Interflow’s long-term commitment to WaterAid Australia is providing clean water and sanitation to those who need it most.
WaterAid Australia is part of a global organisation that enables the world’s poorest people to gain access to clean water, decent toilets and good hygiene, allowing them to unlock their potential.
“WaterAid’s work is diverse, over 750 million people across the globe do not have access to daily, safe, reliable drinking water, sanitation and good hygiene,” WaterAid Australia corporate partnerships manager Mark Trembath said.
“We do this by providing storage for spring water, by placing walls and a door around open pits to provide privacy and dignity and education around hygiene.”
Founded in 2004, WaterAid Australia will celebrate its 20th anniversary next year. Today, WaterAid Australia raises over $15 million annually and is largely underpinned by the Department of Foreign Affairs and Trade and the Australian water sector.
In the organisation’s earliest days, Interflow found common ground with the WaterAid cause as it heavily aligned to the company’s own purpose of ‘improving the lives of the people we work with, the communities we serve, and the environments we work in, for generations to come’.
Interflow’s involvement with WaterAid Australia began in 2004 when Geoff Weaver, Interflow’s Managing Director at the time, was approached by a customer who had recently become a part of WaterAid Australia’s starting initiative.
“He gave me a call saying he wanted to start with a gala ball and he was looking for companies related to the water industry that might be willing to support WaterAid through this initiative,” said Geoff, now Interflow’s chair.
“After giving the idea some thought, it was clear to me that the Weaver family, our people and the suppliers of Interflow have all had the privilege of benefitting from the provision of clean water and sanitation in Australia throughout our company’s history.
“I saw it as a chance for Interflow to give back to communities that don’t have the same opportunities as we did in Australia.”
Interflow would later ring the customer back and give him his commitment to support WaterAid.
“Since sponsoring their first gala ball back in 2004, we’ve been proud to play our part in supporting WaterAid Australia through many events, which strongly aligns with part of our company’s purpose of improving the lives communities we serve and environments we work in,” Geoff said.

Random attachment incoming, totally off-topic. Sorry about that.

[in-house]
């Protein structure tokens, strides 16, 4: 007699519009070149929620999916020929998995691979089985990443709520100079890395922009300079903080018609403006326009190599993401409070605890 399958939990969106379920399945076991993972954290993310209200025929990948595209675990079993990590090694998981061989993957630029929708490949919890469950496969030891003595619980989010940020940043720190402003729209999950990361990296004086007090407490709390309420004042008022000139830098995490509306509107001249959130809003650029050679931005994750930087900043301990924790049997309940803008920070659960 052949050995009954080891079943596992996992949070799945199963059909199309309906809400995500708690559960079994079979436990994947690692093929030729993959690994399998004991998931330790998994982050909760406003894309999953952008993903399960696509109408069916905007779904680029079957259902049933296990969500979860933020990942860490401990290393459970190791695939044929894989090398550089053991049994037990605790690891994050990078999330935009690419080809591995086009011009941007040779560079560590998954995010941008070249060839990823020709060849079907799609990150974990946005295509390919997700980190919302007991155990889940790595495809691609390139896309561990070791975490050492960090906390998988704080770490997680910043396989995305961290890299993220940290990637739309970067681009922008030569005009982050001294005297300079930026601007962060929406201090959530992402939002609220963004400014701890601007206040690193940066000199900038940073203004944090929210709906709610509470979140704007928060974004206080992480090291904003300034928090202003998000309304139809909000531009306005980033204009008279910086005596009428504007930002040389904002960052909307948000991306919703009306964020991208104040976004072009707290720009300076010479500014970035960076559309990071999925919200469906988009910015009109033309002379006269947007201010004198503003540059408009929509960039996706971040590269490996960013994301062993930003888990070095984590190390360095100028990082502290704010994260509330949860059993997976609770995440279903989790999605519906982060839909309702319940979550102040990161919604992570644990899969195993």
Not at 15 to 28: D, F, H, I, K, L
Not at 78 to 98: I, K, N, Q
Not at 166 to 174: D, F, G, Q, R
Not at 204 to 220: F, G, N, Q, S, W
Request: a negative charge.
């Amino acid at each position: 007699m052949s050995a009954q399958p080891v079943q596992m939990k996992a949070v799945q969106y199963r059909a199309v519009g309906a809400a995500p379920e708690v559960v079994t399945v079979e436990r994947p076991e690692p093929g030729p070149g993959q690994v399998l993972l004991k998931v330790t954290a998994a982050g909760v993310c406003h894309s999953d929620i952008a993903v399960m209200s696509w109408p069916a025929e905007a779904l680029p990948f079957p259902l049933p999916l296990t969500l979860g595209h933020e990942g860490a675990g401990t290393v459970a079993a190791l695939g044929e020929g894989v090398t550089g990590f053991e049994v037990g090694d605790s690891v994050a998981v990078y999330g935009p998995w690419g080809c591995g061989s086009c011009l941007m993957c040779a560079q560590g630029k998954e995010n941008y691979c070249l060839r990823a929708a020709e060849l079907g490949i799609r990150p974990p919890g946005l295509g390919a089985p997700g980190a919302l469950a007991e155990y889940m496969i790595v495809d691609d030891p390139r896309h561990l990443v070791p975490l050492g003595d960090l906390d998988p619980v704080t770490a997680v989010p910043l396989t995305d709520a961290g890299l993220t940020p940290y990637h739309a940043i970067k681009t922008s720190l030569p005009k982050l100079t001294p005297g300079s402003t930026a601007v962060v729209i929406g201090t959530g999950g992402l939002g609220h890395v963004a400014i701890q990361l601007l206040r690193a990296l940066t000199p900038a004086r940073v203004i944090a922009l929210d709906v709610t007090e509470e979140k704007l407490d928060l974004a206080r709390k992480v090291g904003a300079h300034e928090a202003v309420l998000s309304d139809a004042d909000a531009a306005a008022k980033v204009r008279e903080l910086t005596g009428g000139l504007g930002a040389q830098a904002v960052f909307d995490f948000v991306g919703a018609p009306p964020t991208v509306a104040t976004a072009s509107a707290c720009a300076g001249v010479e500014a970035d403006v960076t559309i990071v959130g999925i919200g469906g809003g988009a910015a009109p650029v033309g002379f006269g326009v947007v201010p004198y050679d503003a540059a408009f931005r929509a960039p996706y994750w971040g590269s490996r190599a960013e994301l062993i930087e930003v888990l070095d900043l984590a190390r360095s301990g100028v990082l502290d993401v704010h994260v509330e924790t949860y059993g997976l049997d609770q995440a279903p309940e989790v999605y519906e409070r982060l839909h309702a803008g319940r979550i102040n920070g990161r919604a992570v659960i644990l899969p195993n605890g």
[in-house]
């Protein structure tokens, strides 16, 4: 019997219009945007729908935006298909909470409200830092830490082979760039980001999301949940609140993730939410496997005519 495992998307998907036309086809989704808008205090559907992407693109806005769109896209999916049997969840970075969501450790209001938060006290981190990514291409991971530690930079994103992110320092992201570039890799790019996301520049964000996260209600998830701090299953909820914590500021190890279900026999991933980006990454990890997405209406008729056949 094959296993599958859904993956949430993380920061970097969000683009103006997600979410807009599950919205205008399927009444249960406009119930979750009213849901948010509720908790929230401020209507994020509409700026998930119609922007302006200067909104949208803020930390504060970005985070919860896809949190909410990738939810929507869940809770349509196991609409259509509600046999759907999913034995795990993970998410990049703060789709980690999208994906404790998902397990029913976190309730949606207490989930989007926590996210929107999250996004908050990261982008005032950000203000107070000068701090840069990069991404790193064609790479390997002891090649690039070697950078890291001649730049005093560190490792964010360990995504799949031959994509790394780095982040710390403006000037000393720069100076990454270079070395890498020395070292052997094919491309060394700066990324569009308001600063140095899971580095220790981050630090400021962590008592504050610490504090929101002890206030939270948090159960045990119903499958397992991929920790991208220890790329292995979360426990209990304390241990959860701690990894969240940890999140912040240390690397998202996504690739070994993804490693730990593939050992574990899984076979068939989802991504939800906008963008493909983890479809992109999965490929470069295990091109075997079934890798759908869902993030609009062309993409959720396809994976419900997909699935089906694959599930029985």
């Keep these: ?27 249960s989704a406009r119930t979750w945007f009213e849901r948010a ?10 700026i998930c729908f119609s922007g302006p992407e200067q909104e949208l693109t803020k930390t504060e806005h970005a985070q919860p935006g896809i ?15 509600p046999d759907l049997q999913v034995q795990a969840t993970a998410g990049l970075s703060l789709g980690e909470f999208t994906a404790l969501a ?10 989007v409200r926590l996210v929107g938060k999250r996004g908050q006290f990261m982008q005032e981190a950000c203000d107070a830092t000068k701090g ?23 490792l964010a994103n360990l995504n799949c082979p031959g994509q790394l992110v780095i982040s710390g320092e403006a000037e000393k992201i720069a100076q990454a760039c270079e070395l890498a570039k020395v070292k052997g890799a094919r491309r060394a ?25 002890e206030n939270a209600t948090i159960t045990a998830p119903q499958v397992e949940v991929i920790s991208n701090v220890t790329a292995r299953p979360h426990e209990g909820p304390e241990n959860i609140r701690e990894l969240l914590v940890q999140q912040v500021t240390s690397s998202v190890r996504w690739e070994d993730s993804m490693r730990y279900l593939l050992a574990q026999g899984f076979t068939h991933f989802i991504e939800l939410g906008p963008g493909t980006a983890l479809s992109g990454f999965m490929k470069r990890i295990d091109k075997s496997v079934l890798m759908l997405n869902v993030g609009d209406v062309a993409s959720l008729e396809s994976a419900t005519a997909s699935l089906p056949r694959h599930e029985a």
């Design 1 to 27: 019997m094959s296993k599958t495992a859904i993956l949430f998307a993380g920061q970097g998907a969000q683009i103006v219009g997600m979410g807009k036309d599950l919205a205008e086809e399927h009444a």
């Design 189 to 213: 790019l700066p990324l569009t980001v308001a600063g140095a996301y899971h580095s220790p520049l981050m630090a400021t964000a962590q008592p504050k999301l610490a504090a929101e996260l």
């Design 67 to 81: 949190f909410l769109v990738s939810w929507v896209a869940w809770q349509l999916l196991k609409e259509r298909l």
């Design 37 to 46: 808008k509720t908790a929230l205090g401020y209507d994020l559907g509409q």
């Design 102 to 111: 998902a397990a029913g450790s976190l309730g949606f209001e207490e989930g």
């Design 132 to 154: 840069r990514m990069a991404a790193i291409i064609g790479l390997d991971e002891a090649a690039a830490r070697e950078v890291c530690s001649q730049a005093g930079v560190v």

“With WaterAid Australia, it just happens to be that the communities we are serving are overseas rather than here in Australia and New Zealand.”
Visiting Timor Leste with WaterAid in 2023
Fast forward to 2023, and WaterAid gave Interflow the opportunity to visit Timor-Leste on its first visit back since the pandemic.
Interflow managing director Daniel Weaver, and his wife Sophie, accepted the offer and made the trip to Timor-Leste in August.
“My parents (Geoff and Kerry Weaver) got to visit Timor-Leste in 2013 with WaterAid,” Daniel said.
“So did our Board Member, David Lilley and his wife Shiralee a year later. So, to take my wife in 2023 was a very special experience for me and my family.
“Visiting the communities in person is a humbling experience and I’m very grateful to have had the chance. There’s a difference between seeing it in person compared to hearing about it or reading it in a magazine or brochure.”
The benefits WaterAid provides
“Straight away it was clear to see WaterAid were a highly engaged and motivated team,” said Daniel. “It’s not just a job for them, there’s a passion and a purpose to what they do.”
What stood out most for Daniel was WaterAid’s model for empowering local people. Communities were heavily involved with the design and build of their new water supplies and took great pride in upgrading their village.
“It was Timor people doing it for Timor people,” he reflected.
“You can see from a community perspective that they want this. The work is being done with them in a true partnership with the WaterAid team. You could see the donations stretching far and making a real impact.”
“Visiting villages that have received support from WaterAid, you could clearly see a difference,” he said.
“Instead of walking for hours each day, sometimes long distances and through challenging terrain, with water access right outside their homes, people could spend that time in other ways that benefited their futures, their families and their communities.
“This was most notable for the women and children of these communities. The opportunity for education is the example most front of mind for me,” he said.
This article featured in the October edition of Trenchless Australasia.
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